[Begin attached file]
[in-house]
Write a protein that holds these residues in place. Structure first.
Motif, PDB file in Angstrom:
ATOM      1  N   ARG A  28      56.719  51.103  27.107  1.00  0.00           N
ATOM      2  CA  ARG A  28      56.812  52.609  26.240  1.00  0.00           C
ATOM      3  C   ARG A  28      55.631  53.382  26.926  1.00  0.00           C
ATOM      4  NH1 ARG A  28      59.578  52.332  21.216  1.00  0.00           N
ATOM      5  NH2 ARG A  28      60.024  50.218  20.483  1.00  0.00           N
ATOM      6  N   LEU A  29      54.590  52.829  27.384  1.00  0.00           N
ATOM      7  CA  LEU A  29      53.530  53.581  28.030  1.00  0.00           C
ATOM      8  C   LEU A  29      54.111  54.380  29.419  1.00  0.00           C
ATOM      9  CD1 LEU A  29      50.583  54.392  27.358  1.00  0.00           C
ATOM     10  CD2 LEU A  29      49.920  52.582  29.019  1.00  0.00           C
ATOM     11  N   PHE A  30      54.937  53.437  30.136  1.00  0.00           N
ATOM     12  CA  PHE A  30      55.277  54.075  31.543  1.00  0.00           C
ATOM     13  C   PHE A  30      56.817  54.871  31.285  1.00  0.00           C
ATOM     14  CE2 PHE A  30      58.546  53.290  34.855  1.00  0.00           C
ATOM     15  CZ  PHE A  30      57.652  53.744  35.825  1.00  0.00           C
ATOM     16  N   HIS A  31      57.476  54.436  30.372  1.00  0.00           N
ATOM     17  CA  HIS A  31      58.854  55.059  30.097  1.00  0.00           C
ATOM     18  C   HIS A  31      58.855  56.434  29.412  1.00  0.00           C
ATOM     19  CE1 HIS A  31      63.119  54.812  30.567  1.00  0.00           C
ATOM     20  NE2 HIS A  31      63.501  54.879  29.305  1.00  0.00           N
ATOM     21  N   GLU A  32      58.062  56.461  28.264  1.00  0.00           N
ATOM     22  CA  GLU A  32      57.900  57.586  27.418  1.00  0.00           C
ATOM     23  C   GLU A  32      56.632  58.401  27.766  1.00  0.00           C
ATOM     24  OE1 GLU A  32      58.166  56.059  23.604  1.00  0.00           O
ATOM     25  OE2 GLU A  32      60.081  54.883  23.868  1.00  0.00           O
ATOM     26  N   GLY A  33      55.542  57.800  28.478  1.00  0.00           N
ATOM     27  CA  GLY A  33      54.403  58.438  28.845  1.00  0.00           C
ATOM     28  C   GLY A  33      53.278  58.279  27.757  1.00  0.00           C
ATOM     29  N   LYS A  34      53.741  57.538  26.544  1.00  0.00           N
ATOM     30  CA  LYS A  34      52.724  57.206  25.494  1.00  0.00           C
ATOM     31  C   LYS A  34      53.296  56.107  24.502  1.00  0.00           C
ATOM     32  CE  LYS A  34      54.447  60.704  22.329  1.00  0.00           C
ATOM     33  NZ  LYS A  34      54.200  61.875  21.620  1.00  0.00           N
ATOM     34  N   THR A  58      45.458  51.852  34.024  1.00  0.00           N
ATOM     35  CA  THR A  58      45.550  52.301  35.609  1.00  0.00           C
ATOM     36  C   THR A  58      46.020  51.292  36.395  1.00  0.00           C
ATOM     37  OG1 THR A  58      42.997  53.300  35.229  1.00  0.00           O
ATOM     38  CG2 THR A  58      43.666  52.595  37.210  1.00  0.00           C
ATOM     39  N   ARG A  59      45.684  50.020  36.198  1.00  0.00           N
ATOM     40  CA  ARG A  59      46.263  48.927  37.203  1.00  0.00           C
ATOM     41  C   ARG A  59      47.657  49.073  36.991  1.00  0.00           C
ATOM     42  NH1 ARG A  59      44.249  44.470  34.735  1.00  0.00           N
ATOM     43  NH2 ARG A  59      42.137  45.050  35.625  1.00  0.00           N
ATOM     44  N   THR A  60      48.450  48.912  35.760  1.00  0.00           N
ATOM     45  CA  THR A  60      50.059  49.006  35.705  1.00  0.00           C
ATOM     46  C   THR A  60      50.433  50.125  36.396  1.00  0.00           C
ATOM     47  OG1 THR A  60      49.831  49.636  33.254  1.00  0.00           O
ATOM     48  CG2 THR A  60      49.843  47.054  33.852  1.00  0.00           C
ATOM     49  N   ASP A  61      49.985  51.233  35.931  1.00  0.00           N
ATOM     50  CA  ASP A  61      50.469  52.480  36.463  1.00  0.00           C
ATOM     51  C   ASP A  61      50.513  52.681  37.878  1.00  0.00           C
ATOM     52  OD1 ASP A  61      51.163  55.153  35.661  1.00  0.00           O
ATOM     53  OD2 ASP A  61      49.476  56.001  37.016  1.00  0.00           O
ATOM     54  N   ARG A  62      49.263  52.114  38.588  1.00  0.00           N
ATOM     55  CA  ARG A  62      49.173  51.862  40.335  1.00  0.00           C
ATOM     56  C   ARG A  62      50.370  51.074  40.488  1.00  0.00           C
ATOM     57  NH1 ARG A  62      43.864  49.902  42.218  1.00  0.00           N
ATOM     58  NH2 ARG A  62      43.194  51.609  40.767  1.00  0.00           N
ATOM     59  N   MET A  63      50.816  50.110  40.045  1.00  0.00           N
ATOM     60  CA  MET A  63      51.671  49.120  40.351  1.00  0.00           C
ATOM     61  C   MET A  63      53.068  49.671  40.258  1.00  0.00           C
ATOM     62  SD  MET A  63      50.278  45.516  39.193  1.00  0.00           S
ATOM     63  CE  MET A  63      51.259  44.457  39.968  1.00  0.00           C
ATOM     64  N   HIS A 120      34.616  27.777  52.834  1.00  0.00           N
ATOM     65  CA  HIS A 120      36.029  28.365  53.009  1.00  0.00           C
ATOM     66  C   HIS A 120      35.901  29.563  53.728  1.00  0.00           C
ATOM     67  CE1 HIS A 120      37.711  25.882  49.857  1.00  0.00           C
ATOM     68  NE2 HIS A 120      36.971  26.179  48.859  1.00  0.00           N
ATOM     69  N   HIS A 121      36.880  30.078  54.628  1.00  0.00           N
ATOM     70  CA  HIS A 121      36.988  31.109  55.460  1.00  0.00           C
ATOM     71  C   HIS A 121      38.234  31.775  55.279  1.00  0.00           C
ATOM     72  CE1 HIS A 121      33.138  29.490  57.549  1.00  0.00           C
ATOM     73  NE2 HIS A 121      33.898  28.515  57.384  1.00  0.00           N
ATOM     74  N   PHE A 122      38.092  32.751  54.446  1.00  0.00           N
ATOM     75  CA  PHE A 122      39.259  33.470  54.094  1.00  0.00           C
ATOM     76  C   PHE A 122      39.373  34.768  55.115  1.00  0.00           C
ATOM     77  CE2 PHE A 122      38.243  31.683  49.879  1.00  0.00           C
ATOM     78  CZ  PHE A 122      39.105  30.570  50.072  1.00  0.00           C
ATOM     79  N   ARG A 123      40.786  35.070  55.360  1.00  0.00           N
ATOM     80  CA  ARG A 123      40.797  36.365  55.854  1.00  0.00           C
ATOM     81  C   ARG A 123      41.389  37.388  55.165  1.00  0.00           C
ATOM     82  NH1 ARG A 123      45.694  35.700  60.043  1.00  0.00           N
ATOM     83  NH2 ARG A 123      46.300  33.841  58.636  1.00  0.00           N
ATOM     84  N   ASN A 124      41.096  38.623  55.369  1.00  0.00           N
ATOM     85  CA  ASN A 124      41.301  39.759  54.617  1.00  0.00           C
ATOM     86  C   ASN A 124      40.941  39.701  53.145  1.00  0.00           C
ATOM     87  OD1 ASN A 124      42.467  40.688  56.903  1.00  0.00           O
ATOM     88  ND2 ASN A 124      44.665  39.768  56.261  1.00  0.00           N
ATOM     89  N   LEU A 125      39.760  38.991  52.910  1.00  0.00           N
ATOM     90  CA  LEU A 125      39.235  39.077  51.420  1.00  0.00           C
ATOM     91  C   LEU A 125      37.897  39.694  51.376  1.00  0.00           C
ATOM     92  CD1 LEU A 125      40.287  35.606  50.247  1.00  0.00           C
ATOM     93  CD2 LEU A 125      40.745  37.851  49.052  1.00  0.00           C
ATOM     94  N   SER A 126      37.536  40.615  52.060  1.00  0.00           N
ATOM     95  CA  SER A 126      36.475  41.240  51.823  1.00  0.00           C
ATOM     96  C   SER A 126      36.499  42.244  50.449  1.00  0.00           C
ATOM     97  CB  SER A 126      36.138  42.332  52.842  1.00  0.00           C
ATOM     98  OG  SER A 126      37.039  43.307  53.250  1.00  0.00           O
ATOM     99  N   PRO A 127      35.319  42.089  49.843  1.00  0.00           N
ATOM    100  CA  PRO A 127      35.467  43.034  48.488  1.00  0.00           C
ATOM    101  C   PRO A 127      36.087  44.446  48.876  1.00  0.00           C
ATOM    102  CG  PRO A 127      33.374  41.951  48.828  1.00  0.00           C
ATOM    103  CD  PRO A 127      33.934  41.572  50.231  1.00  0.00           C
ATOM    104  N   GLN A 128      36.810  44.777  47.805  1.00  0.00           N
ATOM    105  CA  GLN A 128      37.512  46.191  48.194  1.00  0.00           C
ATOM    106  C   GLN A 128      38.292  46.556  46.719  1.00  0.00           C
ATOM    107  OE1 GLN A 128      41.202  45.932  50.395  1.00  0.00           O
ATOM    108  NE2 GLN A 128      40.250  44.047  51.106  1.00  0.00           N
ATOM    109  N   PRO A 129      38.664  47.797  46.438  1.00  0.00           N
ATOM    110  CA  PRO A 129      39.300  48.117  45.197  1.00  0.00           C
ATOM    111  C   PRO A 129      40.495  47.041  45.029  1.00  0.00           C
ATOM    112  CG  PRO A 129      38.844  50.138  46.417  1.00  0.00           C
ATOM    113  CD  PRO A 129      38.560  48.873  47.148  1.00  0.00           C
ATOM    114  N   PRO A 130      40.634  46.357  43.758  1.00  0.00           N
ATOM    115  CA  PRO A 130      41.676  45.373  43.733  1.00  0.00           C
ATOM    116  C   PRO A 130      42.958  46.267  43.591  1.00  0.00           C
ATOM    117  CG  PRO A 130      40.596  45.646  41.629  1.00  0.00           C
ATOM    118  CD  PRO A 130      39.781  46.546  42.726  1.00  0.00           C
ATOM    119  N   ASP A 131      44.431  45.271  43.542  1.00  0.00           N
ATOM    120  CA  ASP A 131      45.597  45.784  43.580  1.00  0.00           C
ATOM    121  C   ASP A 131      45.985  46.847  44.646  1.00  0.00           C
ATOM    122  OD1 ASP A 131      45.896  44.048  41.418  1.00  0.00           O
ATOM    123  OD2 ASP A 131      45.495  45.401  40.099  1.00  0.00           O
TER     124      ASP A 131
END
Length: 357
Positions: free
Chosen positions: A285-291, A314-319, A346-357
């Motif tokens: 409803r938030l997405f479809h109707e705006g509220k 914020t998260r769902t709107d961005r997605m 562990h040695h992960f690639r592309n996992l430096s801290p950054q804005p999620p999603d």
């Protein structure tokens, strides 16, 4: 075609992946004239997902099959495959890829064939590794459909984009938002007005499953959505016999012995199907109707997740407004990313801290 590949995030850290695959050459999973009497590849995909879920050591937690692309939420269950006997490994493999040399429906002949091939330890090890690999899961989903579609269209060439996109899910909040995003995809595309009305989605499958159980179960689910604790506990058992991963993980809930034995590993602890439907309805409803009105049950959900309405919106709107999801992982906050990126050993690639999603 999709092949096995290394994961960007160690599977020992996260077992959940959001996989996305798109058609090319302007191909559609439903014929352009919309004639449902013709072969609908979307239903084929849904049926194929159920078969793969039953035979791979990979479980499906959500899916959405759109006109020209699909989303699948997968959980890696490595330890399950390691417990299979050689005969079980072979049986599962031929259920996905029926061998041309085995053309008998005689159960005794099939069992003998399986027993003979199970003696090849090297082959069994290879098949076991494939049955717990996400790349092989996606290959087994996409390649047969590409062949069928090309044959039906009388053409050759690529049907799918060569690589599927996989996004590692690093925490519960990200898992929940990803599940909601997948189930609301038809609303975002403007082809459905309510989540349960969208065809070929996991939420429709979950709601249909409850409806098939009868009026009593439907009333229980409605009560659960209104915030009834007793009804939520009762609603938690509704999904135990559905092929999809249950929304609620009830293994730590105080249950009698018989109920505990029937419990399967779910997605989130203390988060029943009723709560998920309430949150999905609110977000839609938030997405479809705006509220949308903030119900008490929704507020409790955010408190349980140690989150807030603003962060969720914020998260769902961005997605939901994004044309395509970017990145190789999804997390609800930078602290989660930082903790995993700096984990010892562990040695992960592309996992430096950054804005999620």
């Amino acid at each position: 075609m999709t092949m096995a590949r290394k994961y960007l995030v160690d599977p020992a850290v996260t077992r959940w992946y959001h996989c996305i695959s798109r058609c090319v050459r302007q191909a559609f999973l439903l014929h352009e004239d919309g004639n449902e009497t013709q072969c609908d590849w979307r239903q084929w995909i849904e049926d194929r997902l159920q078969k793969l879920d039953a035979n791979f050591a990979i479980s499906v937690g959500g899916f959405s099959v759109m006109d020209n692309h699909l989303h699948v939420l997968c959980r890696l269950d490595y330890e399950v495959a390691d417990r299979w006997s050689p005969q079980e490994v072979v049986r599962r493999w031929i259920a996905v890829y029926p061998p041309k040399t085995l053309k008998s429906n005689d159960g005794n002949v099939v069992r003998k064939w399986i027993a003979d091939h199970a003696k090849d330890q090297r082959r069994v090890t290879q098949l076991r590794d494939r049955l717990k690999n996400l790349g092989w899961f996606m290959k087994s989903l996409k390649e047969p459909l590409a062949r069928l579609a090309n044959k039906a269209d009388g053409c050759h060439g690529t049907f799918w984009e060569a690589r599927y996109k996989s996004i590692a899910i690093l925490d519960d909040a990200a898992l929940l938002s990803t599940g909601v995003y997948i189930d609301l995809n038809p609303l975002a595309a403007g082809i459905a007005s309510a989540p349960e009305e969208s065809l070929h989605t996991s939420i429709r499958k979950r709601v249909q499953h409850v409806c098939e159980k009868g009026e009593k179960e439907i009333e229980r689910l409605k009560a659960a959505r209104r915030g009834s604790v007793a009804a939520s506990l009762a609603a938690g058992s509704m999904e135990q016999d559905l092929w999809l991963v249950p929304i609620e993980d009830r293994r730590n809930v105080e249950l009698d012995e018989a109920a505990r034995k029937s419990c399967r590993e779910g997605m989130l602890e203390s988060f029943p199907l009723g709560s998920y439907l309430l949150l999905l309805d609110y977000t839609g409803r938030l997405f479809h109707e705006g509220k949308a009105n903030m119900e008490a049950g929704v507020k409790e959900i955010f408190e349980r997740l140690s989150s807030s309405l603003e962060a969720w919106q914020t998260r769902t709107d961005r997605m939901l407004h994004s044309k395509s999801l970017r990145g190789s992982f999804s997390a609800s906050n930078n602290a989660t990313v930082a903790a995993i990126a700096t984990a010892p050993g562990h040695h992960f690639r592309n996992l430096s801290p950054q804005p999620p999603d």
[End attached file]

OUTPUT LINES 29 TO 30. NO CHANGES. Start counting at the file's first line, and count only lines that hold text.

ATOM     26  N   GLY A  33      55.542  57.800  28.478  1.00  0.00           N
ATOM     27  CA  GLY A  33      54.403  58.438  28.845  1.00  0.00           C